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Introduction to Linux Date

In the Linux ecosystem, the date prints or displays the current date and system time zone. With the help of the date command, we can print the date and time in a different format. The date commands provide the liberty to print past and future dates also. David MacKenzie wrote the date command utility.

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Syntax of Date Command:

date [OPTION]... [+FORMAT]

date: We can use the date keyword in the syntax or command. It will take the two-argument as an option and format type (to which we need to print the date). Provide the end result with the requested format date.

OPTION: We can provide the different flags as options that are compatible with the date command.

FORMAT: As per the requirement, we can pass the different types of date formats to the date command.

How does Linux Date Command work?

The date command can print different type date formats. By default, the date command will print the date as per the time zone configured in the UNIX or Linux operating system. We can also change the system time zone and print the different time zone dates. For changing the time zone, you should have the root privileges. Generally, the date command will take the two sets of arguments like option and date format. As per the inputs provided to it, it will manipulate the data and provide the date and time output in the request format.

Below is the list of formatting keywords which are commonly used with the date command:

%a: It will display the weekday name example: Mon.

%A: It will display the full weekday name example: Monday.

%b: It will display the short month name example: Jan.

%B: It will display the long month name example: January.

%d: It will display the date of the month example: 01.

%H: It will display the hour digit in 24hr format.

%I: It will display the hour digit in 12hr format.

%j: It will display the date of the year example: 001..366.

%m: It will display the month in digit format example: 01..12.

%M: It will display the minute value example: 00..59.

%S: It will display the second value example: 00..60.

%y: It will display the last two digits of the year example: 20.

%Y: It will display the year example: 2023.

Examples of Linux Date

Given below are the examples mentioned:

Example #1

Date Command

Code:

date

Explanation:

As per the above command, we are able to print the system time and date.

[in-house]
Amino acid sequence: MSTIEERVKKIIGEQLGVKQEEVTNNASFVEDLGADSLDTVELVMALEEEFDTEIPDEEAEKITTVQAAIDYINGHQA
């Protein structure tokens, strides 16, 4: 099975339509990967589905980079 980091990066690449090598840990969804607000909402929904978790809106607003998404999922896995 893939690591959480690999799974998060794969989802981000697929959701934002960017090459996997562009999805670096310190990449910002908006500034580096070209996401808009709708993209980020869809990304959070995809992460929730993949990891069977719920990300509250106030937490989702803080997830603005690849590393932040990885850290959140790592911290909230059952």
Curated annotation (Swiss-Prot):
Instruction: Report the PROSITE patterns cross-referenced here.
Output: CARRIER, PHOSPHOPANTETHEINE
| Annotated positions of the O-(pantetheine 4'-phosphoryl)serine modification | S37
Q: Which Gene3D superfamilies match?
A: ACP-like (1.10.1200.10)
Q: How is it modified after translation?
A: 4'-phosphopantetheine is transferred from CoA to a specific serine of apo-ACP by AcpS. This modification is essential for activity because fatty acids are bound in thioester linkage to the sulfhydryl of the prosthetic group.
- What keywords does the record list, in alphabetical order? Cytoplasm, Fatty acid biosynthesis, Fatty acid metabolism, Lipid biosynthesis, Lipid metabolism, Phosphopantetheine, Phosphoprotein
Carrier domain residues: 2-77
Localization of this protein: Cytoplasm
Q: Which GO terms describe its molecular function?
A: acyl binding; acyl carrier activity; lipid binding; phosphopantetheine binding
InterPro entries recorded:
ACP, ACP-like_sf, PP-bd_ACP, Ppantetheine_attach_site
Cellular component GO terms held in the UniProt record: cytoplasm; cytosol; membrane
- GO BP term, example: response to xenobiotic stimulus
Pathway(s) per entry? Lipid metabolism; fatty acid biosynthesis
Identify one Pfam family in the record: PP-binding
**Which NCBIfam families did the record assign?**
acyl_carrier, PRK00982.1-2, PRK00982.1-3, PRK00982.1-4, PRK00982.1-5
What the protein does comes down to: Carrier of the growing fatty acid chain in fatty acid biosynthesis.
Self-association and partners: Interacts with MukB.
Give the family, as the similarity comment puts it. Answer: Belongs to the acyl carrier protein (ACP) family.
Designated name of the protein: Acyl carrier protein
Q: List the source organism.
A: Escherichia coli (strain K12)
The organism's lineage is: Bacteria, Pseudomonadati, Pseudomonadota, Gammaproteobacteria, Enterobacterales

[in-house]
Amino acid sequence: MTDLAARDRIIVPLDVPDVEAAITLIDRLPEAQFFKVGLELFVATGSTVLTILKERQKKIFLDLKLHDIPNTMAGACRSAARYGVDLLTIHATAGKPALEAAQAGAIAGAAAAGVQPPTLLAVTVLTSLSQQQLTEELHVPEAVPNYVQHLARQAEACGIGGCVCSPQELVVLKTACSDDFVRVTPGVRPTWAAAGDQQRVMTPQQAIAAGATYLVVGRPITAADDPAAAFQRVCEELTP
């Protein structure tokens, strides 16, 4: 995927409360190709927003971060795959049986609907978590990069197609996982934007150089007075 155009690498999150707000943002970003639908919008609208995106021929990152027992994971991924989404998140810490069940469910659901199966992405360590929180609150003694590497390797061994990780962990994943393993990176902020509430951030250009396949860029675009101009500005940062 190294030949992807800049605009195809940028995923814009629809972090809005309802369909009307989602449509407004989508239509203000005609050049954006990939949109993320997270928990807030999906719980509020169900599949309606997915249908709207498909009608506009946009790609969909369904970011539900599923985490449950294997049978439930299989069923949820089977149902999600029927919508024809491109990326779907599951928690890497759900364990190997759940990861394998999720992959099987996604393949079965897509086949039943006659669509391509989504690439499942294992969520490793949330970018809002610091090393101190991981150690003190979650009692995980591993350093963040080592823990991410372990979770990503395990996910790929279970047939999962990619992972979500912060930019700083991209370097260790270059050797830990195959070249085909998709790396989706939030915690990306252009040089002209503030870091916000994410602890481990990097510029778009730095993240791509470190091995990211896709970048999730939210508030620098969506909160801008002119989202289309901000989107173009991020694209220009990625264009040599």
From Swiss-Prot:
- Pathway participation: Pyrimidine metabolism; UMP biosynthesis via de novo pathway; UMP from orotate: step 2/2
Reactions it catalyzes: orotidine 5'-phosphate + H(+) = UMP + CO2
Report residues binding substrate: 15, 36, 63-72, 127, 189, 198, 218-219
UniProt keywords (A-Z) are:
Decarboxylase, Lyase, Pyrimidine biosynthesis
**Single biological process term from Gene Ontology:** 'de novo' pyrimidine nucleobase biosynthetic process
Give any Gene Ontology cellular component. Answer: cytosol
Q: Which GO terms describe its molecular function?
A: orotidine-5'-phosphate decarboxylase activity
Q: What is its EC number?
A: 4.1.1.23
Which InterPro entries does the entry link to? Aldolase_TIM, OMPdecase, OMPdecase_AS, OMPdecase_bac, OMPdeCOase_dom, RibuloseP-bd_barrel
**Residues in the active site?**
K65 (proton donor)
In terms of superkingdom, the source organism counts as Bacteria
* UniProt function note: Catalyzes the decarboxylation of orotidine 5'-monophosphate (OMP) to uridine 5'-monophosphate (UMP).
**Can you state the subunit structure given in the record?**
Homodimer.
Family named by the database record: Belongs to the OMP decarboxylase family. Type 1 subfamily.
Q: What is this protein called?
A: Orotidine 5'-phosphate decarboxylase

It will print the day (in short format), month (in short format), date, time (include the hour, minute, and seconds), time zone (IST), and year (2024).

Output:

Example #2

Date String

a. Date Command – Custom Format

The date command is very flexible, we can provide different custom inputs to the date command, and it will print the date format accordingly. We have the privilege to change the default date format to get the result in our own format.

Code:

Explanation:

As per the below screenshot, we have printed the custom date. As per the requirement, we can add different special characters also.

Output:

b. Date Command – String Format

In the date command, we have the functionality to pass the string parameters. Accordingly, the date command will print the output. It will not require following the date input format.

Code:

date -d "last month"

Explanation:

We can add the string option with the date command. It is a quick way to display the dates.

Output:

Example #3

Override the Time Zone

a. Date Command – With Different Time Zone

In the date command, we are able to display the time and date in different time zones.

Code:

TZ='Africa/Djibouti' date

Explanation:

Using the “timedatectl list-timezones” command, we are able to find the list of time zones available in the Linux.

As per the requirement, we can choose any time zone and pass the values to the TZ variable.

b. Date Command – Use Epoch Time Converter

The epoch timestamp is also called the UNIX timestamp. In this conversion, the date command is to use the epoch converter. It will calculate the number of seconds that have elapsed from January 1, 1970 at 00:00:00 UTC.

Code:

date +%s

Explanation:

We are able to calculate the time between the epoch timestamp and the current timestamp. The time difference will be in seconds.

Output:

c. Date command – With File Operation

In the Linux environment, we can use the date command differently. Here, we are able to find the last modification time of the file. We need to use the “-r” option with the command to get this timestamp.

Code:

date -r /etc/passwd

Explanation: